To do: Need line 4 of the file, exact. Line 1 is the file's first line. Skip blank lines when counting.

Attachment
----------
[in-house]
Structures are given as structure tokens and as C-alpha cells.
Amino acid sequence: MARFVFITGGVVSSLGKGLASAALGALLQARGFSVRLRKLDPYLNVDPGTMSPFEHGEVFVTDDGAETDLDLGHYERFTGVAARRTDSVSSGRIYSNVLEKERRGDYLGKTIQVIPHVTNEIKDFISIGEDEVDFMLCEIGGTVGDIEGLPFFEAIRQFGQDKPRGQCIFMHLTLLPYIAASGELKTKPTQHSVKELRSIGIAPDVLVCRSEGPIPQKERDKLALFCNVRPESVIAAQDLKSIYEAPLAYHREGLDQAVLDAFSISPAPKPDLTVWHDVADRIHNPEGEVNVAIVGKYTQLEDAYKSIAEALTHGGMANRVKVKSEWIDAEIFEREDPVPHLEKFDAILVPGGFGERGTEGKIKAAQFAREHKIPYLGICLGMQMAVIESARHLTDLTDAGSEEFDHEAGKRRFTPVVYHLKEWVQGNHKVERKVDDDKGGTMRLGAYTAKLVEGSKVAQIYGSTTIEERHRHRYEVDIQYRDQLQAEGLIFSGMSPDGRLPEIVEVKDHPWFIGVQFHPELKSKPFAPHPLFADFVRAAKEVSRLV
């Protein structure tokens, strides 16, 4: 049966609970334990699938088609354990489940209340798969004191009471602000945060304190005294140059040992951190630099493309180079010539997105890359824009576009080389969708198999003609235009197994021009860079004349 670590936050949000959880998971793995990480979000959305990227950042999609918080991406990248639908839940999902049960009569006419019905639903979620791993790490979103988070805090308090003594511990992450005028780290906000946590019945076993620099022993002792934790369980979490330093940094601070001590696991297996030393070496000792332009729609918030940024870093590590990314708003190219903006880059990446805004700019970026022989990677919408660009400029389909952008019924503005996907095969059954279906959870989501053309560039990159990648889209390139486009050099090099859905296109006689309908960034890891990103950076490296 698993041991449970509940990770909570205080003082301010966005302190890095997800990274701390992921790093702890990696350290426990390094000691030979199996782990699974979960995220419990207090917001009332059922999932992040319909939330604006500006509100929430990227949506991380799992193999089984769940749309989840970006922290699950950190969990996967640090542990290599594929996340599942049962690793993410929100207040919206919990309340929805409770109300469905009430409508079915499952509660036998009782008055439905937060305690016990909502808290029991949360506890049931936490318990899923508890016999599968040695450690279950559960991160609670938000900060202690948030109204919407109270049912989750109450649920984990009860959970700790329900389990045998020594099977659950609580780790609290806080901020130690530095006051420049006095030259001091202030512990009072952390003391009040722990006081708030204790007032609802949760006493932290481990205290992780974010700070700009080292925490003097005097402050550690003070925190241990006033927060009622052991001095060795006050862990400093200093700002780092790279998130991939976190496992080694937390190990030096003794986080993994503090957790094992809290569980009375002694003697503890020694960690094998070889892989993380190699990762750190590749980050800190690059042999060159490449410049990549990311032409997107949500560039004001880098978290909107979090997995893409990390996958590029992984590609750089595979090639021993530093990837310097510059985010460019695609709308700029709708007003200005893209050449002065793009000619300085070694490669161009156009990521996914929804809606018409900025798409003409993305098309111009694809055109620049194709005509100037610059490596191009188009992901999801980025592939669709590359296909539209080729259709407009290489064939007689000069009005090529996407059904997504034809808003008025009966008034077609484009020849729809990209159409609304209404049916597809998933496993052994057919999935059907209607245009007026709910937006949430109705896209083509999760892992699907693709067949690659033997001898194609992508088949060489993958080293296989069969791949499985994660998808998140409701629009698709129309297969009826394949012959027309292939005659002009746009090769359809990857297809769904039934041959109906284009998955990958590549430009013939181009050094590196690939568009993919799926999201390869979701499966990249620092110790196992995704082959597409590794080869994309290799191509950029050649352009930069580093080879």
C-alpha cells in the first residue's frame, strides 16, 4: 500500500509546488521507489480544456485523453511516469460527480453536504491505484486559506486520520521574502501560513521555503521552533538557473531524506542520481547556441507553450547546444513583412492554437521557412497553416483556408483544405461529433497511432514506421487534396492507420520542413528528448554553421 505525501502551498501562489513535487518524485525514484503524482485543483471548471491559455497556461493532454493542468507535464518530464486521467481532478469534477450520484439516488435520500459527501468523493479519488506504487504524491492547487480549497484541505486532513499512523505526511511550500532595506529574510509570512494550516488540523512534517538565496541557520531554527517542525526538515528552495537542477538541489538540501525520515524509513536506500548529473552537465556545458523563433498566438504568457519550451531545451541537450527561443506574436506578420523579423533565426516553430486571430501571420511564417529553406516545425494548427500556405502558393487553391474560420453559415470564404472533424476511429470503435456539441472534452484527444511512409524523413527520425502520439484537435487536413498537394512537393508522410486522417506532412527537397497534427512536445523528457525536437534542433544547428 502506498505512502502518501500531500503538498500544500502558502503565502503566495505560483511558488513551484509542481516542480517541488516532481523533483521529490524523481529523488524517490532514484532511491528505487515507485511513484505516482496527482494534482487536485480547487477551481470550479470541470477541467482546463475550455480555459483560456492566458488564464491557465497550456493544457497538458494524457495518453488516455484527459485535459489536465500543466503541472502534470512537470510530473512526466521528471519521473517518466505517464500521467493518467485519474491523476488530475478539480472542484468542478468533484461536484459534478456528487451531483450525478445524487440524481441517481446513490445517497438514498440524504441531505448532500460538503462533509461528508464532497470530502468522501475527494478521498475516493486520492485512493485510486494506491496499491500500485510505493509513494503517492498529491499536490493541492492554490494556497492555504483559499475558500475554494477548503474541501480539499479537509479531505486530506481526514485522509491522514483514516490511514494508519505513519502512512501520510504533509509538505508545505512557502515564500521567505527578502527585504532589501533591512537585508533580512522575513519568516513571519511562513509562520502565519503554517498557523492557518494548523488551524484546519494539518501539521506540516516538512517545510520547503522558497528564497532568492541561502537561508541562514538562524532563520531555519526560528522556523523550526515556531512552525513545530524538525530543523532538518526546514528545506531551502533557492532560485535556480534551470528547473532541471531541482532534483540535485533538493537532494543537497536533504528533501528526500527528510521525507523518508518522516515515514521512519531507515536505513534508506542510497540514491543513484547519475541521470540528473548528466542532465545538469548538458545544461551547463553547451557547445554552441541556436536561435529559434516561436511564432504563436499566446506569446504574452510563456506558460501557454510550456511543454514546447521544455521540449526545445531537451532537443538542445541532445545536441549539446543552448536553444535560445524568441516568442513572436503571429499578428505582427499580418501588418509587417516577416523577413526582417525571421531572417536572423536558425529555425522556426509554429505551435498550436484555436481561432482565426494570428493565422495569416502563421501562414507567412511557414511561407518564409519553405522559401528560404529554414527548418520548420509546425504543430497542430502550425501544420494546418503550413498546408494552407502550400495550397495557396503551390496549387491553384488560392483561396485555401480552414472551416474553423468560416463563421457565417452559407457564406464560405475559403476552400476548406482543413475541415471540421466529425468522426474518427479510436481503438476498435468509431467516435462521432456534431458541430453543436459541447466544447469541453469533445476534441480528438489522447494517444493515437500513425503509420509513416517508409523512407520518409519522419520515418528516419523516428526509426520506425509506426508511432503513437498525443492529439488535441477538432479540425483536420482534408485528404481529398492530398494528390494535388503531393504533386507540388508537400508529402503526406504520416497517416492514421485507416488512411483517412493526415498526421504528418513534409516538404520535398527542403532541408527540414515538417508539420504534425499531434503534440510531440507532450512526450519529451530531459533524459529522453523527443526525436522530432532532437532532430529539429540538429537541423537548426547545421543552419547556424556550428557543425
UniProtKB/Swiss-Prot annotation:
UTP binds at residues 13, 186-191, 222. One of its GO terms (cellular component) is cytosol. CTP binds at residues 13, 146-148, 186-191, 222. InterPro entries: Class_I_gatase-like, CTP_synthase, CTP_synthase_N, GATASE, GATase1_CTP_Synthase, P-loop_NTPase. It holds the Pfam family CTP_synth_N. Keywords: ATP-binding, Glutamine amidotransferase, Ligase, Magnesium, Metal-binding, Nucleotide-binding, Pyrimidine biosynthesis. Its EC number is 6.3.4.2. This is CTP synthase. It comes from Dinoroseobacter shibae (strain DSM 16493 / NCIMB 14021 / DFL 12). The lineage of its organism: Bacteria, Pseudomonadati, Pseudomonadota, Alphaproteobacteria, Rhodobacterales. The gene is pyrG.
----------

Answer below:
């Protein structure tokens, strides 16, 4: 049966609970334990699938088609354990489940209340798969004191009471602000945060304190005294140059040992951190630099493309180079010539997105890359824009576009080389969708198999003609235009197994021009860079004349 670590936050949000959880998971793995990480979000959305990227950042999609918080991406990248639908839940999902049960009569006419019905639903979620791993790490979103988070805090308090003594511990992450005028780290906000946590019945076993620099022993002792934790369980979490330093940094601070001590696991297996030393070496000792332009729609918030940024870093590590990314708003190219903006880059990446805004700019970026022989990677919408660009400029389909952008019924503005996907095969059954279906959870989501053309560039990159990648889209390139486009050099090099859905296109006689309908960034890891990103950076490296 698993041991449970509940990770909570205080003082301010966005302190890095997800990274701390992921790093702890990696350290426990390094000691030979199996782990699974979960995220419990207090917001009332059922999932992040319909939330604006500006509100929430990227949506991380799992193999089984769940749309989840970006922290699950950190969990996967640090542990290599594929996340599942049962690793993410929100207040919206919990309340929805409770109300469905009430409508079915499952509660036998009782008055439905937060305690016990909502808290029991949360506890049931936490318990899923508890016999599968040695450690279950559960991160609670938000900060202690948030109204919407109270049912989750109450649920984990009860959970700790329900389990045998020594099977659950609580780790609290806080901020130690530095006051420049006095030259001091202030512990009072952390003391009040722990006081708030204790007032609802949760006493932290481990205290992780974010700070700009080292925490003097005097402050550690003070925190241990006033927060009622052991001095060795006050862990400093200093700002780092790279998130991939976190496992080694937390190990030096003794986080993994503090957790094992809290569980009375002694003697503890020694960690094998070889892989993380190699990762750190590749980050800190690059042999060159490449410049990549990311032409997107949500560039004001880098978290909107979090997995893409990390996958590029992984590609750089595979090639021993530093990837310097510059985010460019695609709308700029709708007003200005893209050449002065793009000619300085070694490669161009156009990521996914929804809606018409900025798409003409993305098309111009694809055109620049194709005509100037610059490596191009188009992901999801980025592939669709590359296909539209080729259709407009290489064939007689000069009005090529996407059904997504034809808003008025009966008034077609484009020849729809990209159409609304209404049916597809998933496993052994057919999935059907209607245009007026709910937006949430109705896209083509999760892992699907693709067949690659033997001898194609992508088949060489993958080293296989069969791949499985994660998808998140409701629009698709129309297969009826394949012959027309292939005659002009746009090769359809990857297809769904039934041959109906284009998955990958590549430009013939181009050094590196690939568009993919799926999201390869979701499966990249620092110790196992995704082959597409590794080869994309290799191509950029050649352009930069580093080879």